Fake News Pollutes American Psyche
by George Wolfe
“Fake news” is nothing new. Prior to 1982, I spent five years teaching at James Madison University. The student paper published an article I wrote complaining about the students wasting their time reading pop magazines and newspapers like National Enquirer and The Globe. And it’s still a problem today.
Somehow, slanderous articles, like those recently about the Obamas’ supposedly impending divorce, are more enticing than reading Aristotle.
There’s a difference between fake news and “spin.” When politicians and commentators put their spin on a report, they interpret the news and speculate on political motivations. But the news they are interpreting is usually factual. Spin borders on propaganda, but propaganda usually ignores context.
I remember my fifth-grade teacher, Mrs. Stright, giving an illustration of propaganda. She said there was an auto race between two cars: an American made car and a Soviet car. The American car won the race, but the state-controlled Soviet news agency, without stating that there were only two cars in the race, reported that the Soviet car came in “second” and the American car came in “next to last.” The Soviet report was true, but it ignored the context and thus gave a report that was highly misleading.
Spin and propaganda are not fake news, because fake news is false. It may, at some time, be viewed as true, but time eventually reveals that it is false. And this is what makes Trump’s fake news far more dangerous than political spin or propaganda.
Fake news became a prominent part of the political landscape in 2003 when President George W. Bush insisted that Saddam Hussein possessed weapons of mass destruction. He even duped Secretary of Defense, Colin Powell, who presented the so-called “evidence” to the United Nations to justify the U.S. pre-emptive invasion of Iraq. And look where it has led us.
Bush’s fake news led to the Iraqi failed state; ISIS, an organization far more extremist that Al-Qaida, was eventually born along with one of the worst humanitarian crises in history; Israeli Prime Minster Benjamin Netanyahu has become increasingly paranoid, and North Korea accelerated its nuclear program, no doubt to deter a pre-emptive strike by the United States.
Around the same time, in the fall of 2004, Ball State University and the Center for Peace and conflict Studies became a victim of fake news. National right-wing bi-polar political commentator David Horowitz began criticizing collegiate peace studies programs throughout the country, claiming they were indoctrinating students with a liberal anti-American political agenda. As director of the Ball State Center for Peace and Conflict Studies, I became one of his prime targets, along with peace studies faculty teaching in Indiana at Earlham College and Purdue.
Horowitz used his Internet publication Frontpage Magazine, as well as conservative radio and television talk shows, to launch his nationwide campaign. The Associated Press covered the controversy, and articles were run in media outlets throughout the country, including on the CNN website and in USA Today.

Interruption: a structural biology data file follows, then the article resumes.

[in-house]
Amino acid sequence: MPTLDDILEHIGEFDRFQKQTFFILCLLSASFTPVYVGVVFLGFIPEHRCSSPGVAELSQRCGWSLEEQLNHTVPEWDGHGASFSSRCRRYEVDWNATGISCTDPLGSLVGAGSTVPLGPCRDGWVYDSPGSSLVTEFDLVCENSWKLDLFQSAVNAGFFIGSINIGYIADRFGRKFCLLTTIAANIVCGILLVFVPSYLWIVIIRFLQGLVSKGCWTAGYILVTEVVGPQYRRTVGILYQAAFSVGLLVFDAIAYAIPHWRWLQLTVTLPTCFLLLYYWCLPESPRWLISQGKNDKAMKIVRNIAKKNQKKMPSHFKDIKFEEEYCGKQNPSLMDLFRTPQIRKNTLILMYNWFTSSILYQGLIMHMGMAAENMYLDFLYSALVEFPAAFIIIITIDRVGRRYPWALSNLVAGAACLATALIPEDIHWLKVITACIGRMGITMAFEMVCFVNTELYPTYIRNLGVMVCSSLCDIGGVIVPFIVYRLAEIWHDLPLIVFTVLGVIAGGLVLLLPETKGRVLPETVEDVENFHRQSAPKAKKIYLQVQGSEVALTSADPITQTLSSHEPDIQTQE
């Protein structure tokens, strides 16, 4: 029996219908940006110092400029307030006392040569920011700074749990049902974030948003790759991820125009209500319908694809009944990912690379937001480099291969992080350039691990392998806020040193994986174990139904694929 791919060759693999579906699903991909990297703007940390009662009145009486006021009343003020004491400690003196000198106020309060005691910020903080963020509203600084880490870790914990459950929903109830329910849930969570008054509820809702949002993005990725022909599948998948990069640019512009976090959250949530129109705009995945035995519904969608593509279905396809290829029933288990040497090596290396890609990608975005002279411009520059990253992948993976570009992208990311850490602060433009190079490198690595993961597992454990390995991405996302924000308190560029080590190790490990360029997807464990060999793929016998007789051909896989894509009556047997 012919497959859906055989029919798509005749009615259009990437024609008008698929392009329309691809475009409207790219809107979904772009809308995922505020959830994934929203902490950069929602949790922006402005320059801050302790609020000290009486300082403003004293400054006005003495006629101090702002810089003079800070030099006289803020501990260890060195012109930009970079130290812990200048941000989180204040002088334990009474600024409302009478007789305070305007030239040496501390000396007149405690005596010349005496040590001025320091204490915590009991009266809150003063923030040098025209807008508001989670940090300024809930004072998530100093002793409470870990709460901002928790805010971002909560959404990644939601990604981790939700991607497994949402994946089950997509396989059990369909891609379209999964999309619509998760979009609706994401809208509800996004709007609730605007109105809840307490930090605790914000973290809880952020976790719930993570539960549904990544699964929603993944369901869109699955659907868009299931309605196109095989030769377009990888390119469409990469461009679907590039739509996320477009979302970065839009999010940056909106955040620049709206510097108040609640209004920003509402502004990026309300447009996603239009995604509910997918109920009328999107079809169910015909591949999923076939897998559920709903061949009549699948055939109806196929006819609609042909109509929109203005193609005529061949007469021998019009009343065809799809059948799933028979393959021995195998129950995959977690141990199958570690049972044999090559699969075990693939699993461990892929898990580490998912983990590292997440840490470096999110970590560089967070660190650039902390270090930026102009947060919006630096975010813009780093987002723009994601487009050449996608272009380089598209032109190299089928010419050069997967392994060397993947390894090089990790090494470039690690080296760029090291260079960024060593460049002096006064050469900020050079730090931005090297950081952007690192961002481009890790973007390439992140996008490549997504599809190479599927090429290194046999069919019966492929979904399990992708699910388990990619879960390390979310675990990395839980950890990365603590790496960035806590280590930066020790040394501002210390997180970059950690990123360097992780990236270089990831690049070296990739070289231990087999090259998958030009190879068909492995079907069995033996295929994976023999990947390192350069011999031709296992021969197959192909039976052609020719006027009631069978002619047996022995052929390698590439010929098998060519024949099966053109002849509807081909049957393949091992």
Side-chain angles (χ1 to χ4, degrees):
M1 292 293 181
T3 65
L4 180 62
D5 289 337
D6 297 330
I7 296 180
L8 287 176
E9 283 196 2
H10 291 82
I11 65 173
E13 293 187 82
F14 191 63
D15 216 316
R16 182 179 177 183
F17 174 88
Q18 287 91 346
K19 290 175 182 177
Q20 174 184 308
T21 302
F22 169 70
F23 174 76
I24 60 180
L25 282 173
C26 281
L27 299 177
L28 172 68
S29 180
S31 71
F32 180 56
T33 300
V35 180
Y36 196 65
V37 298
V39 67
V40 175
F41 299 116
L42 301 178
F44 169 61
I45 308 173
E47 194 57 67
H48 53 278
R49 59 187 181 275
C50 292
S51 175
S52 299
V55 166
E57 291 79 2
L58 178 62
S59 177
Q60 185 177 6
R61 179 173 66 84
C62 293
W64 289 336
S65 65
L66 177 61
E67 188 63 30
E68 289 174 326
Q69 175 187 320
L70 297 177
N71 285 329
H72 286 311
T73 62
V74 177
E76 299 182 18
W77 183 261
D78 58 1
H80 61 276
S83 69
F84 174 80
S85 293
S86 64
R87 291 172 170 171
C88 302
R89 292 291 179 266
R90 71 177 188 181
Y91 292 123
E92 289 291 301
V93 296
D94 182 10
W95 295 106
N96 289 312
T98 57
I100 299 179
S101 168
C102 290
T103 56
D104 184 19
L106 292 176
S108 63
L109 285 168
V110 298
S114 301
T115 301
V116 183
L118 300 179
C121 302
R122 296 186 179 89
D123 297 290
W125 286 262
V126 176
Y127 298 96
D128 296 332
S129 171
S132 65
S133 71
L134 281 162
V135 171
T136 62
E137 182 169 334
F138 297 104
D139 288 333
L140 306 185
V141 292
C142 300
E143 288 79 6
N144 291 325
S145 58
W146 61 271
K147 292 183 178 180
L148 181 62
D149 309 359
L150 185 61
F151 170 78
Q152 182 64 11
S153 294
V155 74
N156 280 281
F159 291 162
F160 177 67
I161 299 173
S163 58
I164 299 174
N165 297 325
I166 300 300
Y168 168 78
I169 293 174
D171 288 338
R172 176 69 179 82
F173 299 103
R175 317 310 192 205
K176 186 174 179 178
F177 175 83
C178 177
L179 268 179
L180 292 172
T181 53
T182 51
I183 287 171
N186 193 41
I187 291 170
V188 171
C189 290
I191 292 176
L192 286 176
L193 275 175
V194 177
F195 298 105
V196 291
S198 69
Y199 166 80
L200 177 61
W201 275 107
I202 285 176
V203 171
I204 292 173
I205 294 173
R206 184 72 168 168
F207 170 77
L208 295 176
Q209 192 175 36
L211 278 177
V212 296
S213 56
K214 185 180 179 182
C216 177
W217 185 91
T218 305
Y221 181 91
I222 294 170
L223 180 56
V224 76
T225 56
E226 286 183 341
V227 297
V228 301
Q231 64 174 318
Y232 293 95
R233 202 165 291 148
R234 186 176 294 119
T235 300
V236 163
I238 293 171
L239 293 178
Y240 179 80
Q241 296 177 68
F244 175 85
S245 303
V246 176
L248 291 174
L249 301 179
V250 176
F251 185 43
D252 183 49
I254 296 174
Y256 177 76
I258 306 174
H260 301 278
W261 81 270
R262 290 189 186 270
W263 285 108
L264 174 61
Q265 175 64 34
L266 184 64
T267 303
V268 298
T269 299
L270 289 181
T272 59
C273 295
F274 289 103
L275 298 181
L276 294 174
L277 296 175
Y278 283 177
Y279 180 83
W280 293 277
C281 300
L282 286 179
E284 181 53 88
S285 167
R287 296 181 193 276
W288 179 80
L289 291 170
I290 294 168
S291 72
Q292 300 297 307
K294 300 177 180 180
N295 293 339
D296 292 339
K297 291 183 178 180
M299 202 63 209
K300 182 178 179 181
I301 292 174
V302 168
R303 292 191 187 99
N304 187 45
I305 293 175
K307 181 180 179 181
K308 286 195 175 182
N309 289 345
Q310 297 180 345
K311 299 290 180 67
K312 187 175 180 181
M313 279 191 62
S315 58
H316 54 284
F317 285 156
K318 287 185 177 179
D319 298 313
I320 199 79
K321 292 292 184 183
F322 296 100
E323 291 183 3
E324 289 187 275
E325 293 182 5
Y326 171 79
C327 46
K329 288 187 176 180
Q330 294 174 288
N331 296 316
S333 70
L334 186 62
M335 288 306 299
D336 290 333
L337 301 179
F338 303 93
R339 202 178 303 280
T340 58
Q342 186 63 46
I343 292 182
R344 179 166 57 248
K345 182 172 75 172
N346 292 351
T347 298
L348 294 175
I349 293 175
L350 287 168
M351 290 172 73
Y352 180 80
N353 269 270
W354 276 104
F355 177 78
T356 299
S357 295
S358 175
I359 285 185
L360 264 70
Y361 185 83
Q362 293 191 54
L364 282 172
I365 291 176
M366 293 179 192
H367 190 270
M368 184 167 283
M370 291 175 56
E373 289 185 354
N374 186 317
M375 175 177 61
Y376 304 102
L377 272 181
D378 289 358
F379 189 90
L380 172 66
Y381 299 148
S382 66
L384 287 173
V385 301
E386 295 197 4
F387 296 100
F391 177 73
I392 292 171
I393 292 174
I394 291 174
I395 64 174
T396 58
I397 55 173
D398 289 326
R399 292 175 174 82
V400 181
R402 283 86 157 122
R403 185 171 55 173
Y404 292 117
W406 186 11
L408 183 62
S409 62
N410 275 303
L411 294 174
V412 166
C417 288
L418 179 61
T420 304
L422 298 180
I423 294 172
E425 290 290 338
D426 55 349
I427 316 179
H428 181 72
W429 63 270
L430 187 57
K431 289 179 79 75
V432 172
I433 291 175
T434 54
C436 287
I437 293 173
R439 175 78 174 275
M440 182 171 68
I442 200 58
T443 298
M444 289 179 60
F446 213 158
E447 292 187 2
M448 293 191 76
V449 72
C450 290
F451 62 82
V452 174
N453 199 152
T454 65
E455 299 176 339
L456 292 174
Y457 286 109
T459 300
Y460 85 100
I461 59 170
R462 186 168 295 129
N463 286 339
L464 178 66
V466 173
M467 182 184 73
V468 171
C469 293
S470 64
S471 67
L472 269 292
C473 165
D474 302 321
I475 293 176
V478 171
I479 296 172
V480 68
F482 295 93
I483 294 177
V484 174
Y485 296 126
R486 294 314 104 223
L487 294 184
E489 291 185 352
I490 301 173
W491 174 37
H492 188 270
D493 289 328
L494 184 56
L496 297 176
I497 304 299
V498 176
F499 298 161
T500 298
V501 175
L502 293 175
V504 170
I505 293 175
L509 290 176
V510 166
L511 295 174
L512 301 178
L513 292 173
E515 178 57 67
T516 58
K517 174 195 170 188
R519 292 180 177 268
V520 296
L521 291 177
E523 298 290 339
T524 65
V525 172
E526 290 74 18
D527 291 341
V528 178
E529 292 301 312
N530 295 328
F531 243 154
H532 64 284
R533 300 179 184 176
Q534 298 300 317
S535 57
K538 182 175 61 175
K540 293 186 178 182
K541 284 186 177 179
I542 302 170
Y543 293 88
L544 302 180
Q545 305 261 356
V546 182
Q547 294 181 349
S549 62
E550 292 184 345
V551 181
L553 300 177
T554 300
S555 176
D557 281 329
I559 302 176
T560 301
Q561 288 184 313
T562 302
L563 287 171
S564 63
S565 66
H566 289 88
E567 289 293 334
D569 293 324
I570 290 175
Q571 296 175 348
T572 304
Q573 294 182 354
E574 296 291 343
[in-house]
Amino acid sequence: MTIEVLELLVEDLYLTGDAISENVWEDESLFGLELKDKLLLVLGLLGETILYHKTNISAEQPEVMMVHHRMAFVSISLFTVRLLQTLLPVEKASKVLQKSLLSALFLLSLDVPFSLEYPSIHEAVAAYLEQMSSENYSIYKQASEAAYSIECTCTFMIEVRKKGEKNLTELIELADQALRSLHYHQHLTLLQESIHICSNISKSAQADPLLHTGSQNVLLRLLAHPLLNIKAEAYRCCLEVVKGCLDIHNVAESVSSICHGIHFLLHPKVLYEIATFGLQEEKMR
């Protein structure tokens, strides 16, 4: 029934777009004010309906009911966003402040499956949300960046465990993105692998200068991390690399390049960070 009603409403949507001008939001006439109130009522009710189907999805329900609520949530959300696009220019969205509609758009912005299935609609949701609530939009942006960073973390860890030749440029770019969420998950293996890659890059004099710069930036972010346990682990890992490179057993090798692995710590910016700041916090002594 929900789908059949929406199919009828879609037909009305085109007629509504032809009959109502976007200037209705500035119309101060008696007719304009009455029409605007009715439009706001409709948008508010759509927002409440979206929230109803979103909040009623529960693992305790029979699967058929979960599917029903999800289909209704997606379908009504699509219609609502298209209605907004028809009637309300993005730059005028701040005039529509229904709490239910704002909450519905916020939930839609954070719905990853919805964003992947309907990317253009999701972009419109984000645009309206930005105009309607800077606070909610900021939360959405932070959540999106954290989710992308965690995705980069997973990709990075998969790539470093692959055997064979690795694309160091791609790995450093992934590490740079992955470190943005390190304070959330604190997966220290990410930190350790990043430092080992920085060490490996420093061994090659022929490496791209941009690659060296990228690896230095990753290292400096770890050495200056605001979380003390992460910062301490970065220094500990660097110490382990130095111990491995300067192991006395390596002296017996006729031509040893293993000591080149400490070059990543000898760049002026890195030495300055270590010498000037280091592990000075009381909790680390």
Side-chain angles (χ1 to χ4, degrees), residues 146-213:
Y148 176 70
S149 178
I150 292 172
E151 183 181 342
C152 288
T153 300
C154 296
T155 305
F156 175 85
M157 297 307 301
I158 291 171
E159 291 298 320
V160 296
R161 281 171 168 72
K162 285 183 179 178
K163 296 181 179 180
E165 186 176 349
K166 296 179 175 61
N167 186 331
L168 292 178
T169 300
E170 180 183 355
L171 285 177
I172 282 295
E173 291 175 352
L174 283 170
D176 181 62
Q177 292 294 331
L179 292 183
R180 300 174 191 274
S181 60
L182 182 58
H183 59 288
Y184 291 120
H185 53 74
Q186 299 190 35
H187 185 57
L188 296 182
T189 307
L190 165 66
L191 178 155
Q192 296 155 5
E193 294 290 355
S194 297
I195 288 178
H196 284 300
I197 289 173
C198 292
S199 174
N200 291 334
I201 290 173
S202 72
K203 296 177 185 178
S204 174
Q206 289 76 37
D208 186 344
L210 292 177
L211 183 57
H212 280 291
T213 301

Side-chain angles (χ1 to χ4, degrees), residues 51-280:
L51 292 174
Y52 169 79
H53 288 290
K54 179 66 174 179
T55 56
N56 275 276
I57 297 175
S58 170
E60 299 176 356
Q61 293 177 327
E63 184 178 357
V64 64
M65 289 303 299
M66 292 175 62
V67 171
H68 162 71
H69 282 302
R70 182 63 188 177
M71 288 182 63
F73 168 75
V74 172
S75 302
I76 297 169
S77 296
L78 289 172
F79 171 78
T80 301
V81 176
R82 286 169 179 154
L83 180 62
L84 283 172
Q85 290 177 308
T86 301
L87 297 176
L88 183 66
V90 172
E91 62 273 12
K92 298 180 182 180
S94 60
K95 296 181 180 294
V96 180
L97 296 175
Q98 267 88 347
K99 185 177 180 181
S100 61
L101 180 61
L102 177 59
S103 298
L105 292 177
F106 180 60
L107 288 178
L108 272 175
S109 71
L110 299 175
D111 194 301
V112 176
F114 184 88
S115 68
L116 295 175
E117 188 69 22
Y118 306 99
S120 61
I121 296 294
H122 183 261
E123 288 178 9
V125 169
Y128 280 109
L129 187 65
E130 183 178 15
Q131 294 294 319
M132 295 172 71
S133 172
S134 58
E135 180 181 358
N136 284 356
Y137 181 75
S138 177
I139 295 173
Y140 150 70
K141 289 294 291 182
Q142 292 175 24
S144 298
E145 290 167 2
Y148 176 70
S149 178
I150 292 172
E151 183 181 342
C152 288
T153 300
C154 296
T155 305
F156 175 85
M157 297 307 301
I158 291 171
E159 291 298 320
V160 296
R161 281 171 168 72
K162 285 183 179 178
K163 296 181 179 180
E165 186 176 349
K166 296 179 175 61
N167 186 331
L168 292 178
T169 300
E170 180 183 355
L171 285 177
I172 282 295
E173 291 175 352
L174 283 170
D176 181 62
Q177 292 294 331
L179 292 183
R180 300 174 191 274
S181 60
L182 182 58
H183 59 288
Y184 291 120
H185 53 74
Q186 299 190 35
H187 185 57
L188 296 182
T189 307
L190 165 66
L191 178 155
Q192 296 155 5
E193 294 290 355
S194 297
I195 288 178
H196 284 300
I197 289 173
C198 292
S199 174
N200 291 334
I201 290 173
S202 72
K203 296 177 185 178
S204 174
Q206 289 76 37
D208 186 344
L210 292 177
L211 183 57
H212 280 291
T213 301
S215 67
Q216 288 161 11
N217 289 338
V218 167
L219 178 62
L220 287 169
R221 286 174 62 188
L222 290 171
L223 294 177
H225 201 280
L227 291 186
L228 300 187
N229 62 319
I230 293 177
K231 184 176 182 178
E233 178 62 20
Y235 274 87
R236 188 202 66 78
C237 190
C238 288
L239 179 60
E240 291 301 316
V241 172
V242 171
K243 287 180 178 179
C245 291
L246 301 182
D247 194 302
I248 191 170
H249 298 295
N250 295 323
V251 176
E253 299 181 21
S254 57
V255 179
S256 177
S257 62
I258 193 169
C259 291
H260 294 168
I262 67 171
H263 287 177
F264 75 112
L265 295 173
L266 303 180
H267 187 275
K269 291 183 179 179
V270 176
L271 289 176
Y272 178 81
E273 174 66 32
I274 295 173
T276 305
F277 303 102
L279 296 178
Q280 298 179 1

This barrage of fake news even went so far as to accuse the Ball State peace center, the Muslim Students Association, and a student organization named Peaceworkers of supporting terrorism. Horowitz’s fake news machine also published a cartoon caricature depicting me playing the saxophone while the World Trade Center burned in the background.
The false and misleading accusations, however, eventually backfired, as is usually the case with fake news. Two honors students in my class wrote a letter refuting the accusations made against me. After I submitted documentation to Provost Beverly Pitts proving the accusations were not true, Ball State University president Jo Ann Gora published a guest editorial in The Star Press on December 15, 2004 supporting my teaching and validating the academic discipline of peace studies. The Fort Wayne Journal Gazette and The Star Press of Muncie also published editorials condemning Mr. Horowitz.
Today we are in a worse crisis with fake news because of the prevalence of social media. Anyone with modest computer skills can publish fake news, and apparently, over 40 percent of Americans gobble it up as gospel.
More social media sites need to follow the example of Facebook and publish warnings when they detect certain posts that could potentially constitute fake news. Otherwise, news from non-professional sources will continue to degenerate into the National Inquirer sickness that pollutes the American psyche.
George Wolfe is Professor Emeritus and former director of the Ball State University Center for Peace and Conflict Studies. He also chairs the Muncie Interfaith Fellowship, is a trained mediator, and the author of The Spiritual Power of Nonviolence: Interfaith Understanding for a Future Without War.